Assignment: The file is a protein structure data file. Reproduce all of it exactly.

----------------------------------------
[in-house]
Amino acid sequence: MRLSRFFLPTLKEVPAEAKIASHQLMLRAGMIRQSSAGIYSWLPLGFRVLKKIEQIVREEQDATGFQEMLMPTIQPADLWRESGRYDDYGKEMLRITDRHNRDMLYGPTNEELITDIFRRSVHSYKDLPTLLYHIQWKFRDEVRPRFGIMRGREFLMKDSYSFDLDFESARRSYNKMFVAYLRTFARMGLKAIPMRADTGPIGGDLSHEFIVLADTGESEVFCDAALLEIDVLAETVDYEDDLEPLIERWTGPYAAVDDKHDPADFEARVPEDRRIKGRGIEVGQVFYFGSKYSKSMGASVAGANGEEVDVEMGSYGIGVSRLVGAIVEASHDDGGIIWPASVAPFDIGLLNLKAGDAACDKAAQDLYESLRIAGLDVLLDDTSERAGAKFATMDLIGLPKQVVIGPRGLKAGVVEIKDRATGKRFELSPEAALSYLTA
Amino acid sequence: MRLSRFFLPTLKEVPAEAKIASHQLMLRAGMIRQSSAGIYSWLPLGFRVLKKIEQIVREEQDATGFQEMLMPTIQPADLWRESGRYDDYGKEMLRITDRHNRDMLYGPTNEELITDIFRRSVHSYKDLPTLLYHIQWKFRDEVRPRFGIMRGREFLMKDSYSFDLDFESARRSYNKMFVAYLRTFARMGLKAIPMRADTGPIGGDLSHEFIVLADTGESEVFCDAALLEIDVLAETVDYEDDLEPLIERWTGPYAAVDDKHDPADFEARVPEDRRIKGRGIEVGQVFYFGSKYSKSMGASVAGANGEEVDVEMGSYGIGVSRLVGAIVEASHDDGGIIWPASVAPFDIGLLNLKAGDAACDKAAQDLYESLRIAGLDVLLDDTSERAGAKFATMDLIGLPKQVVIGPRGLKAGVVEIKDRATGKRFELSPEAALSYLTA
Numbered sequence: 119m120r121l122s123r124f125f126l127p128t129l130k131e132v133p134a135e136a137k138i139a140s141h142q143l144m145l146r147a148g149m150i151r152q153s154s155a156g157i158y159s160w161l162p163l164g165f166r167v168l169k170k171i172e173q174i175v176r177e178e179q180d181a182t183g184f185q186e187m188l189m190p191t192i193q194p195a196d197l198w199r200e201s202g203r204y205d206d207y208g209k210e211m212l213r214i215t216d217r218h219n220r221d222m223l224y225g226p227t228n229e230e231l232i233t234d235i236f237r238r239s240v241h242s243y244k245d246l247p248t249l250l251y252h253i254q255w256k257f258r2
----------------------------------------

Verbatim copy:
[in-house]
Amino acid sequence: MRLSRFFLPTLKEVPAEAKIASHQLMLRAGMIRQSSAGIYSWLPLGFRVLKKIEQIVREEQDATGFQEMLMPTIQPADLWRESGRYDDYGKEMLRITDRHNRDMLYGPTNEELITDIFRRSVHSYKDLPTLLYHIQWKFRDEVRPRFGIMRGREFLMKDSYSFDLDFESARRSYNKMFVAYLRTFARMGLKAIPMRADTGPIGGDLSHEFIVLADTGESEVFCDAALLEIDVLAETVDYEDDLEPLIERWTGPYAAVDDKHDPADFEARVPEDRRIKGRGIEVGQVFYFGSKYSKSMGASVAGANGEEVDVEMGSYGIGVSRLVGAIVEASHDDGGIIWPASVAPFDIGLLNLKAGDAACDKAAQDLYESLRIAGLDVLLDDTSERAGAKFATMDLIGLPKQVVIGPRGLKAGVVEIKDRATGKRFELSPEAALSYLTA
Amino acid sequence: MRLSRFFLPTLKEVPAEAKIASHQLMLRAGMIRQSSAGIYSWLPLGFRVLKKIEQIVREEQDATGFQEMLMPTIQPADLWRESGRYDDYGKEMLRITDRHNRDMLYGPTNEELITDIFRRSVHSYKDLPTLLYHIQWKFRDEVRPRFGIMRGREFLMKDSYSFDLDFESARRSYNKMFVAYLRTFARMGLKAIPMRADTGPIGGDLSHEFIVLADTGESEVFCDAALLEIDVLAETVDYEDDLEPLIERWTGPYAAVDDKHDPADFEARVPEDRRIKGRGIEVGQVFYFGSKYSKSMGASVAGANGEEVDVEMGSYGIGVSRLVGAIVEASHDDGGIIWPASVAPFDIGLLNLKAGDAACDKAAQDLYESLRIAGLDVLLDDTSERAGAKFATMDLIGLPKQVVIGPRGLKAGVVEIKDRATGKRFELSPEAALSYLTA
Numbered sequence: 119m120r121l122s123r124f125f126l127p128t129l130k131e132v133p134a135e136a137k138i139a140s141h142q143l144m145l146r147a148g149m150i151r152q153s154s155a156g157i158y159s160w161l162p163l164g165f166r167v168l169k170k171i172e173q174i175v176r177e178e179q180d181a182t183g184f185q186e187m188l189m190p191t192i193q194p195a196d197l198w199r200e201s202g203r204y205d206d207y208g209k210e211m212l213r214i215t216d217r218h219n220r221d222m223l224y225g226p227t228n229e230e231l232i233t234d235i236f237r238r239s240v241h242s243y244k245d246l247p248t249l250l251y252h253i254q255w256k257f258r2